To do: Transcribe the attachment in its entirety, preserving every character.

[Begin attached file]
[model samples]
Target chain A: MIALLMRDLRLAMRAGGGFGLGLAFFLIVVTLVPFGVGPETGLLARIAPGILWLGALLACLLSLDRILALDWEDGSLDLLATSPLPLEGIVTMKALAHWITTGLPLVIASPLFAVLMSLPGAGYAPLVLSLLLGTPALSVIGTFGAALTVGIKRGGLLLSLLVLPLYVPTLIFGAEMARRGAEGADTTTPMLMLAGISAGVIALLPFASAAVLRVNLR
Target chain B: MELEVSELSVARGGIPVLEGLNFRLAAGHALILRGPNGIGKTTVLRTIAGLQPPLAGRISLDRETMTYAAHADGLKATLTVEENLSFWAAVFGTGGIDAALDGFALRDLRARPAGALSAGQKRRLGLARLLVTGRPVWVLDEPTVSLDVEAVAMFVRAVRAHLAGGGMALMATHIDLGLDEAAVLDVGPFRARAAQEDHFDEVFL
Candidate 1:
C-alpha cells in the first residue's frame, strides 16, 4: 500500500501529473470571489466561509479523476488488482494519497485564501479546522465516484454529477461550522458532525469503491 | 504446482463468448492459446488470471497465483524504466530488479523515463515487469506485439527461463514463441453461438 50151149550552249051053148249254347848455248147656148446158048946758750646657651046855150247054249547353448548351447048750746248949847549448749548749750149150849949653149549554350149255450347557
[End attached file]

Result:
[model samples]
Target chain A: MIALLMRDLRLAMRAGGGFGLGLAFFLIVVTLVPFGVGPETGLLARIAPGILWLGALLACLLSLDRILALDWEDGSLDLLATSPLPLEGIVTMKALAHWITTGLPLVIASPLFAVLMSLPGAGYAPLVLSLLLGTPALSVIGTFGAALTVGIKRGGLLLSLLVLPLYVPTLIFGAEMARRGAEGADTTTPMLMLAGISAGVIALLPFASAAVLRVNLR
Target chain B: MELEVSELSVARGGIPVLEGLNFRLAAGHALILRGPNGIGKTTVLRTIAGLQPPLAGRISLDRETMTYAAHADGLKATLTVEENLSFWAAVFGTGGIDAALDGFALRDLRARPAGALSAGQKRRLGLARLLVTGRPVWVLDEPTVSLDVEAVAMFVRAVRAHLAGGGMALMATHIDLGLDEAAVLDVGPFRARAAQEDHFDEVFL
Candidate 1:
C-alpha cells in the first residue's frame, strides 16, 4: 500500500501529473470571489466561509479523476488488482494519497485564501479546522465516484454529477461550522458532525469503491 | 504446482463468448492459446488470471497465483524504466530488479523515463515487469506485439527461463514463441453461438 50151149550552249051053148249254347848455248147656148446158048946758750646657651046855150247054249547353448548351447048750746248949847549448749548749750149150849949653149549554350149255450347557